Susan McCuaig

Susan McCuaig: Susan is Principal at T.E. Scott School in Surrey, British Columbia, and is working to expand the influence of the CPS model beyond her school and into the community. Susan is also a panelist on the Lives in the Balance monthly Radio Program, Helping Behaviorally Challenging Students.

Susan Portin Susy Portin: Susy is the parent of three great kids, two of whom had emotional and behavioral challenges (that’s how she learned about and become a devotee of the CPS model and Lives in the Balance).  She’s one of the co-hosts on the Parenting Your Challenging Child radio program, sponsored by Lives in the Balance.
Barry Stoodley Bartlett Stoodley: Barry is the former Associate Commissioner of Juvenile Services in the Department of Corrections in Maine, where he and his colleagues dramatically reduced rates of recidivism, use of solitary confinement, and staff and resident injuries through implementation of the CPS model and other non-punitive, non-adversarial approaches. He currently directs the Maine Juvenile Justice Advisory Group.

Ross Greene Ross Greene, Ph.D., is Founding Director of Lives in the Balance and the originator of the Collaborative & Proactive Solutions approach. He served on the faculty at Harvard Medical School for over 20 years, and is now adjunct Associate Professor in the Department of Psychology at Virginia Tech.
Kim Hopkins-Betts

Kim Hopkins-Betts, LICSW is the Director of Outreach and Communications at Lives in the Balance. She has previously managed the clinical departments of two organizations serving youth and families in residential facilities, both of which have implemented CPS.

Liz Rudman Liz Rudman is Director of Conference Planning and Adminstration at Lives in the Balance. She has previously worked as an assistant director of an adoption agency, a career counselor, a rehabilitation counselor, and an advertising executive in New York City.
Lianna Reagan Lianna Reagan, M.P.A., is Director of Advocacy and Public Policy at Lives in the Balance. She is a graduate of the Public Administration program at New York University and previously worked as a research associate at the Brennan Center for Justice at the New York University Law School.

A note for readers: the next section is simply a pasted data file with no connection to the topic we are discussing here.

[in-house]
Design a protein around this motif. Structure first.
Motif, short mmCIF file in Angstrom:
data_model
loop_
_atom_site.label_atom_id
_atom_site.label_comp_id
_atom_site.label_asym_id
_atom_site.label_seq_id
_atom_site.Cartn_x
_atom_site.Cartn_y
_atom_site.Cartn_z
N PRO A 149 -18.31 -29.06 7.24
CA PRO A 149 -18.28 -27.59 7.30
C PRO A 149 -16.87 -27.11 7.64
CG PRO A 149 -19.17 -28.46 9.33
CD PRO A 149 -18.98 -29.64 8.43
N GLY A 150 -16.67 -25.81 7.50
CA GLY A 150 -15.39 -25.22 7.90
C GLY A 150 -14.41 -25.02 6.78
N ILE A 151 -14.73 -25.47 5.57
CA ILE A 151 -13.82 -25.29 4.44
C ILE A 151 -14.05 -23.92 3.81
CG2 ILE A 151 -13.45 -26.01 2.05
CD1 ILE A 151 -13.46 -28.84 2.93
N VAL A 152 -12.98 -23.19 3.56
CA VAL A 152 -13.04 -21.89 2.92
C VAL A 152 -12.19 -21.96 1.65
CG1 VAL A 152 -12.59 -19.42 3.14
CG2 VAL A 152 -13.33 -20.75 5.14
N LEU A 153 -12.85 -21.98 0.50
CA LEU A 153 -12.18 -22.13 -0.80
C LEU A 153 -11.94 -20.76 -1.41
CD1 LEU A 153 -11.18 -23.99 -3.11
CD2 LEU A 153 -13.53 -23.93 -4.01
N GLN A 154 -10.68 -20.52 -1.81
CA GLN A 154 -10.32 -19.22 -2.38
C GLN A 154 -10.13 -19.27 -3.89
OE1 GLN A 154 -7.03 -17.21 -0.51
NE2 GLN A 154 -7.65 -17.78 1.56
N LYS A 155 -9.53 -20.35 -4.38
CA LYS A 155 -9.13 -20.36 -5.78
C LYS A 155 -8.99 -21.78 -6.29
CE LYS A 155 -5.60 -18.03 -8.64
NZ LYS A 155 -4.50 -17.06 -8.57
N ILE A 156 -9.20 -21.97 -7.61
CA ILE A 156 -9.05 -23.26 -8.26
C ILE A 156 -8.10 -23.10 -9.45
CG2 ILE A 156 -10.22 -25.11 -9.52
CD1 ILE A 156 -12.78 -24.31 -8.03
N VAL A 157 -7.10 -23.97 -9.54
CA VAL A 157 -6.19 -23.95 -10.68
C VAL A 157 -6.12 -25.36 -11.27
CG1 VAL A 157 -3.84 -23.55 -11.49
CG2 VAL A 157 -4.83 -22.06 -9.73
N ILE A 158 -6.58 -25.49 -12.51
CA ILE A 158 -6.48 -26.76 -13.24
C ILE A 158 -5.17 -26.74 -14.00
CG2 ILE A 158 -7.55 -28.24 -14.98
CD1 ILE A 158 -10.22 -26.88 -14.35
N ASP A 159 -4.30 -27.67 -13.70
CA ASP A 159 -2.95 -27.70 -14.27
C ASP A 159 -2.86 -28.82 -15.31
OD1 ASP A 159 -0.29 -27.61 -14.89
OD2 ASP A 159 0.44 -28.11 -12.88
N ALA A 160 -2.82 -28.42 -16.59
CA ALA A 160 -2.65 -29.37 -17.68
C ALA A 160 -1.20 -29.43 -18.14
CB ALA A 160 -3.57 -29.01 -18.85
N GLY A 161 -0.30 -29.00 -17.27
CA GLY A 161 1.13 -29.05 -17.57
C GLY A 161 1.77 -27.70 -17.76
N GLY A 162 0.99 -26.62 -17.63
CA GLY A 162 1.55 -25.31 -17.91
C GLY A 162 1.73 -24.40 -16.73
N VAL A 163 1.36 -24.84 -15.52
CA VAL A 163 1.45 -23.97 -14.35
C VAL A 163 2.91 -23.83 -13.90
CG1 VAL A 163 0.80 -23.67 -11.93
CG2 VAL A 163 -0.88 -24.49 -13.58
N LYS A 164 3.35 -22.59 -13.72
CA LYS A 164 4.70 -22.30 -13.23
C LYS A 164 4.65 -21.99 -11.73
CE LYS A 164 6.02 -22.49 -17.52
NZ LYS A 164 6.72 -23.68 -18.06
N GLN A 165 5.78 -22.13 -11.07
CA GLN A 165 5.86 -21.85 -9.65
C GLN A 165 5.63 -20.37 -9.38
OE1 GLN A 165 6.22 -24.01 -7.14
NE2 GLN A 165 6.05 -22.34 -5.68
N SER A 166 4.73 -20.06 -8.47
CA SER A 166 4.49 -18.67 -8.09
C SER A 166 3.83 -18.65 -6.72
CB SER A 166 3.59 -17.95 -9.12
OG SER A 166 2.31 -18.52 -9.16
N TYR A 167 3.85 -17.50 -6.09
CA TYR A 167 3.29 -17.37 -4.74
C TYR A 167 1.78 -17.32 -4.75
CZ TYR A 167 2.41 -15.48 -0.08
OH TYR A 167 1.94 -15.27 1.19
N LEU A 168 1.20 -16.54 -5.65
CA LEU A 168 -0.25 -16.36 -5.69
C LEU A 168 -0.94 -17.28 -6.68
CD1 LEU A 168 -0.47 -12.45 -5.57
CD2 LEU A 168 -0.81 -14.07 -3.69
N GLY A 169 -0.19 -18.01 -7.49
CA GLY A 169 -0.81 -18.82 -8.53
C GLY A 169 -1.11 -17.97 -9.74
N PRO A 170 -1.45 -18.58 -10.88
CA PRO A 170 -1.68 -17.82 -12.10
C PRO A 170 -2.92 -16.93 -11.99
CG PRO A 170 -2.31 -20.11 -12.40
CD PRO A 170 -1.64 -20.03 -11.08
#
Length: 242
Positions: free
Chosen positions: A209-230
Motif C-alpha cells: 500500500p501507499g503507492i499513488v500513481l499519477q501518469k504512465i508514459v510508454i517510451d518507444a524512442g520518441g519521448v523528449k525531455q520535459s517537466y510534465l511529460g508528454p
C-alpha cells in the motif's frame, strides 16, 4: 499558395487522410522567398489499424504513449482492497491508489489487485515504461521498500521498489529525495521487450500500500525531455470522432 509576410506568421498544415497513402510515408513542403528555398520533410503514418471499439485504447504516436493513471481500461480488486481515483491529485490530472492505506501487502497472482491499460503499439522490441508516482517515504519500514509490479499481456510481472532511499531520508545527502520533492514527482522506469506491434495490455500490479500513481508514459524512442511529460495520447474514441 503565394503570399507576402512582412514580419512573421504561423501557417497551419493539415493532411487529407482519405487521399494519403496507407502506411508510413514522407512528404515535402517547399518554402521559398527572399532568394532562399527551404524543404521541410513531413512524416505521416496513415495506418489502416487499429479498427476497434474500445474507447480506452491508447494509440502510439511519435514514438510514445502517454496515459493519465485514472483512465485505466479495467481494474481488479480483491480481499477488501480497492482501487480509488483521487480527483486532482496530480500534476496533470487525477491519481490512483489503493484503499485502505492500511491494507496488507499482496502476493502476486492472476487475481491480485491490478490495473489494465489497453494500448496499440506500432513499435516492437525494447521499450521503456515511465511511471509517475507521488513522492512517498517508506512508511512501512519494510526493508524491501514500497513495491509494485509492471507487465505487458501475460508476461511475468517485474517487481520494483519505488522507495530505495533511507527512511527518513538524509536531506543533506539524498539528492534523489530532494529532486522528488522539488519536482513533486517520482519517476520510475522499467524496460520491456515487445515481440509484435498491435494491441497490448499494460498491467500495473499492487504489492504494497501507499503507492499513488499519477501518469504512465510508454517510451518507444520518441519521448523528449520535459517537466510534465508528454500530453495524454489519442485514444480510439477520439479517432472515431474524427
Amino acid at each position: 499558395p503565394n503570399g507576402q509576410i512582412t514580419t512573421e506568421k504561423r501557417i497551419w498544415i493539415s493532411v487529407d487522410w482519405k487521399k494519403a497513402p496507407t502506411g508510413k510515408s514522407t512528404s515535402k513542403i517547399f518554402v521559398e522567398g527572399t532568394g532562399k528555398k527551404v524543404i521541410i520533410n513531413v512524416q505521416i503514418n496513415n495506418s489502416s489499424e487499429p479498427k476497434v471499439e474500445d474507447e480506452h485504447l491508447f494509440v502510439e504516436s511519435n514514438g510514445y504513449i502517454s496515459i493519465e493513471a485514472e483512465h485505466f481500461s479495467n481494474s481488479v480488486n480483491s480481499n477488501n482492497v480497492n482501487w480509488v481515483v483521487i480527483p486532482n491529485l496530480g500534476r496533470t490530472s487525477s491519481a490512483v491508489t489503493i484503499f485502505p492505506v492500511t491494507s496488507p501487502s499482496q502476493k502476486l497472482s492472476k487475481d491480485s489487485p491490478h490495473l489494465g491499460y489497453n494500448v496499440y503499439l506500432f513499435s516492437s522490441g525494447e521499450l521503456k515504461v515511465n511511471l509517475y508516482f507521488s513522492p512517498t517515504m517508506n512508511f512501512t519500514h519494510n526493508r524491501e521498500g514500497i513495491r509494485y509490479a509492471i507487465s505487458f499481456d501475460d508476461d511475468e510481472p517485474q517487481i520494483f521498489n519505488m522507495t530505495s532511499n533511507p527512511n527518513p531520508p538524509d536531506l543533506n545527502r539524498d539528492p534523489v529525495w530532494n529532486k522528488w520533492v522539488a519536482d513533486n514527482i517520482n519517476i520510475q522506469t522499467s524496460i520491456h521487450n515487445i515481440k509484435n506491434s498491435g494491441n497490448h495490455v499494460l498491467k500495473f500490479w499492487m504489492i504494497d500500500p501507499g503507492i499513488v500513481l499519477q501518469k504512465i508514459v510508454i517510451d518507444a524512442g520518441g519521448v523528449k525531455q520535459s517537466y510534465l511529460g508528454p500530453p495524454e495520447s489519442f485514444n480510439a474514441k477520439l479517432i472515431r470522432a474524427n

Whitney Kimbar Lindsey Pinkham, M.A., is a graduate of the school psychology program in the Department of Education at Tufts University, and is currently a school psychologist in Reading, Massachusetts. She volunteers her time overseeing the Good and Bad News section of the Lives in the Balance website.
Jill Bradbury Jill Bradbury oversees communications for the Lives in the Balance radio programs and assists with our fund-raising and friend-raising efforts.
Tim and Anne Tim Baehr and Ann Landsberg volunteer their time to handle all communications and order fulfillment for the Lives in the Balance care package program.


The Lives in the Balance Scientific Advisory Board is comprised of a select group of nationally and internationally recognized researchers in mental health, and advises Lives in the Balance on its research initiatives and priorities: 

Caryn L. Carlson, Ph.D. Caryn L. Carlson, Ph.D., is Professor of Psychology and Associate Chair of the Department of Psychology at the University of Texas.
Jean Frazier, M.D. Jean Frazier, M.D., is Vice Chair of Child and Adolescent Psychiatry at the University of Massachusetts Medical School and UMass Memorial Medical Center in Worcester.
Matthew A. Jarrett, Ph.D. Matthew A. Jarrett, Ph.D., is Assistant Professor in the Department of Psychology at the University of Alabama
Peter Jensen, M.D. Peter Jensen, M.D., is President & CEO of the REACH Institute and Professor of Psychiatry and Vice-Chair for Research in the Department of Psychiatry & Psychology at the Mayo Clinic. He was previously Associate Director of Child and Adolescent Research at the National Institute of Mental Health (NIMH).